3. While still being in the scale window, set the 7th track to 64 steps and the tempo division to 1/4. That will make track 7 play 64 steps at 1/4 of the master BPM, the equivalent of 256 steps at normal speed. That’s why I entered a master scale of 256 steps (see step 2).

4. Put a single trigger on the sequencer of track 7 and press play. Your sample will play for 256 steps long before re-triggering (provided the sample is that long!).

The divider can be 1/8, which will give you 512 steps before re-triggering (you must set the master scale accordingly). Since you can move a step precisely by holding it and pressing the left or right arrows, you still have a pretty good resolution to trigger the sound exactly were you want it, even if the sequencer is at 1/8 of the BPM on that track.

Although this is in the manual, I thought I should write it here because some of those are not obvious.

Many things can be copied/pasted on the OT. You can copy a part and paste it on another part. To do so, in the part menu, place the cursor on the part you want to copy, press FUNCTION + RECORD (copy). The text “copy part X” will appear. Move the cursor to the part you want it to be pasted (which can be in another bank of the project) and press FUNCTION + STOP (paste). The text “pasted on part Y” will appear. Done.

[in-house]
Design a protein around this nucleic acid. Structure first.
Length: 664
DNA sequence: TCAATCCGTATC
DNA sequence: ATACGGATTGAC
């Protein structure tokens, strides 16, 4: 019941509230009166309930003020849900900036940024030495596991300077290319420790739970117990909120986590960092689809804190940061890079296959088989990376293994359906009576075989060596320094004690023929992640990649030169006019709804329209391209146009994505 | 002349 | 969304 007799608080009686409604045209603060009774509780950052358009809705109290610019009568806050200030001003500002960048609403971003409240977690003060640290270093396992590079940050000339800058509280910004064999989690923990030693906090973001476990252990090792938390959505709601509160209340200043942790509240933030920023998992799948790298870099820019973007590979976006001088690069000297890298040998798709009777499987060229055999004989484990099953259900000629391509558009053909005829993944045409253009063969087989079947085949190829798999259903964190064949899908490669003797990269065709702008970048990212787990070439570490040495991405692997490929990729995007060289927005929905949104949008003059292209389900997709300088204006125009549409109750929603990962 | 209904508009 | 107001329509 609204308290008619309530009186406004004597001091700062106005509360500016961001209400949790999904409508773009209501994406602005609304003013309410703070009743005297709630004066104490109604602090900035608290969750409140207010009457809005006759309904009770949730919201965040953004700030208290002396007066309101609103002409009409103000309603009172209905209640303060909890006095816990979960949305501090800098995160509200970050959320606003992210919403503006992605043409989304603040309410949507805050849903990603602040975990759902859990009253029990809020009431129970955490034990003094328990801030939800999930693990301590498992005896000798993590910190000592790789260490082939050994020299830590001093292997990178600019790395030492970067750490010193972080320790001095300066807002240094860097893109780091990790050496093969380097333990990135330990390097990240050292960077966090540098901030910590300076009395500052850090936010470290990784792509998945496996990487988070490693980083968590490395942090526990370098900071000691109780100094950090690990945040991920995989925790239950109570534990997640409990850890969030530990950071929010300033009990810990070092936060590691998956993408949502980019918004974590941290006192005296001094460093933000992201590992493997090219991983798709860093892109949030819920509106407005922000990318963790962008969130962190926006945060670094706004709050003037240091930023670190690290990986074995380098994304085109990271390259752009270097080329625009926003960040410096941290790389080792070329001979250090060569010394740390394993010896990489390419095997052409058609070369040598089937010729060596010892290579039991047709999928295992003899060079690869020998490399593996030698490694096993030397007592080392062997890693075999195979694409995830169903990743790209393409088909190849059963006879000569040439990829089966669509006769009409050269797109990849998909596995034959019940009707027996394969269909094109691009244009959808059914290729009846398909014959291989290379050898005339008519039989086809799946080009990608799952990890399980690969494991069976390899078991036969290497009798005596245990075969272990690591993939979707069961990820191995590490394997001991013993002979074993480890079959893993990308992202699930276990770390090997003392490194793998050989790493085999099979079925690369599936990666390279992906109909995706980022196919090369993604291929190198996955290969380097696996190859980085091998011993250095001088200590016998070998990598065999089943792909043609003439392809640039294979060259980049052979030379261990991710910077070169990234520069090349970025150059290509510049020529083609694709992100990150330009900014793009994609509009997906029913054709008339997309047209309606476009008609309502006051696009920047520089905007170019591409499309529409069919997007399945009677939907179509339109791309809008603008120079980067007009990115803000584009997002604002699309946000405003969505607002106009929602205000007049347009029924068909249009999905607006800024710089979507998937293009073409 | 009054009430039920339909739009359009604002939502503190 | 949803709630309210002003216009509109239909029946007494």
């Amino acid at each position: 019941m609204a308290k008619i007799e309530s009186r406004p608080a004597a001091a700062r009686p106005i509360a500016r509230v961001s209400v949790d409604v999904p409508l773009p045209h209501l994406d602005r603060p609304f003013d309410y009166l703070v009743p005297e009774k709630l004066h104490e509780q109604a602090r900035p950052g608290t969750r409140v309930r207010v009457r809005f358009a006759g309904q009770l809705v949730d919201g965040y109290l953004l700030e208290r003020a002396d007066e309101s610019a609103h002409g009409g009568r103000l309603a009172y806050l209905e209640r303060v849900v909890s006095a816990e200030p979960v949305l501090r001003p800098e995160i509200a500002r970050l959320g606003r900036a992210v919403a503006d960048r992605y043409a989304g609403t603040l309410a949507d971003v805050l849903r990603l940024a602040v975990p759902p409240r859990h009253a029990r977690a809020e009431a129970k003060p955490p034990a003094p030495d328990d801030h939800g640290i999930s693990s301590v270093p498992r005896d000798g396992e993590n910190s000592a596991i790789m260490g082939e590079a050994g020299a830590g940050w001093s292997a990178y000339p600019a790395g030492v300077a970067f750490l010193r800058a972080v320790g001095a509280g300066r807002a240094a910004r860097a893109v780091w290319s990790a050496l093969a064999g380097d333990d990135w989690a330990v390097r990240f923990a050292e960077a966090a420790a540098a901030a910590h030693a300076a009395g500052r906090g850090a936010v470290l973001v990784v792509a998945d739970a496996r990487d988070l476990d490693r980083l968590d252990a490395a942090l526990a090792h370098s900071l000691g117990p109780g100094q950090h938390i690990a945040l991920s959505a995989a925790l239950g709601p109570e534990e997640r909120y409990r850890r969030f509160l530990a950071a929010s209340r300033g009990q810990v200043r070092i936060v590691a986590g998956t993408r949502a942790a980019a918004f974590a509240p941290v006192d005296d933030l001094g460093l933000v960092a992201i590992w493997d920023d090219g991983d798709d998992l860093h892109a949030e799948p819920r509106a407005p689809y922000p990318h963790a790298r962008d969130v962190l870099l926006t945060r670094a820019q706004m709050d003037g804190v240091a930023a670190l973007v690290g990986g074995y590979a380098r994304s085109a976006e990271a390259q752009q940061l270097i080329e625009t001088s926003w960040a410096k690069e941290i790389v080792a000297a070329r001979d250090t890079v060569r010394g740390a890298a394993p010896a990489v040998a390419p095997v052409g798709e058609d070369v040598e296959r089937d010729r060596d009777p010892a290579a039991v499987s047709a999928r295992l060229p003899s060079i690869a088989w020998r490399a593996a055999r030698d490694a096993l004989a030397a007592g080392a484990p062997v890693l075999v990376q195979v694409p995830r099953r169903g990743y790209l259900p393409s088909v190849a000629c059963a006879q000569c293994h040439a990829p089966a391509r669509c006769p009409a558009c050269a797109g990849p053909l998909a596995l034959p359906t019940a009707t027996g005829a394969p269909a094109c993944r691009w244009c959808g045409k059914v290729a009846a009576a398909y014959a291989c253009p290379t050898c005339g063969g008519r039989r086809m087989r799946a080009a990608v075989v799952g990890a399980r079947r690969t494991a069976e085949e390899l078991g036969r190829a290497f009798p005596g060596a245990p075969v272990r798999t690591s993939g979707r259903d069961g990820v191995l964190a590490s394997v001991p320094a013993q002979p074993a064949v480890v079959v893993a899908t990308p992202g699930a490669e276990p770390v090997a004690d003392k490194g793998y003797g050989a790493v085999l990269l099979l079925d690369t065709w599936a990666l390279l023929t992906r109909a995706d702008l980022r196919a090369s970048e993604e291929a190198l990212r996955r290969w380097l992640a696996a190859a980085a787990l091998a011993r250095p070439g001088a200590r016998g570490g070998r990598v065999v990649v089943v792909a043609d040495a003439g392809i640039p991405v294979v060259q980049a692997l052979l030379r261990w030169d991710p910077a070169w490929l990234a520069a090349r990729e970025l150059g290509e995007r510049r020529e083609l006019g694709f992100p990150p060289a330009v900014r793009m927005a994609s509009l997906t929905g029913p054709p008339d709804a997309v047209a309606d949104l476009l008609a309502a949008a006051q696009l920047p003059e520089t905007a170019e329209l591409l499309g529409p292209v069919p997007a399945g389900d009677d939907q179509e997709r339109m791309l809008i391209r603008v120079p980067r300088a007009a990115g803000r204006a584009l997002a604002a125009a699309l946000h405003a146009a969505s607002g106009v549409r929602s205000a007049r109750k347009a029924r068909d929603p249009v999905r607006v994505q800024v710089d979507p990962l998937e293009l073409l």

But there are other trickier copy/paste operations, like pages of a track. For example, if you work on a 16 steps pattern, and you worked a lot on one of the track, but now you need it to be 32 steps. You go into the scale menu and put the master scale to 32 steps. But now, your track with 27 parameter locks on the first 16 steps isn’t copied on the last 16 steps of the 32 steps pattern. Instead of reprogramming everything on that second “page”, you can copy the first page and paste it on the second. You need to be in record mode (doing so by pressing record). With the scale button, make sure you’re on the page you want to copy (most likely the first, in this case). Press SCALE + RECORD (and not function + record - that’s what isn’t obvious - function + record copies the entire track). You should see a message confirming that the page was copied. Now go to the second page with the scale button. Press SCALE + STOP (again, not function + stop). The first page will be pasted on the second page. Bingo.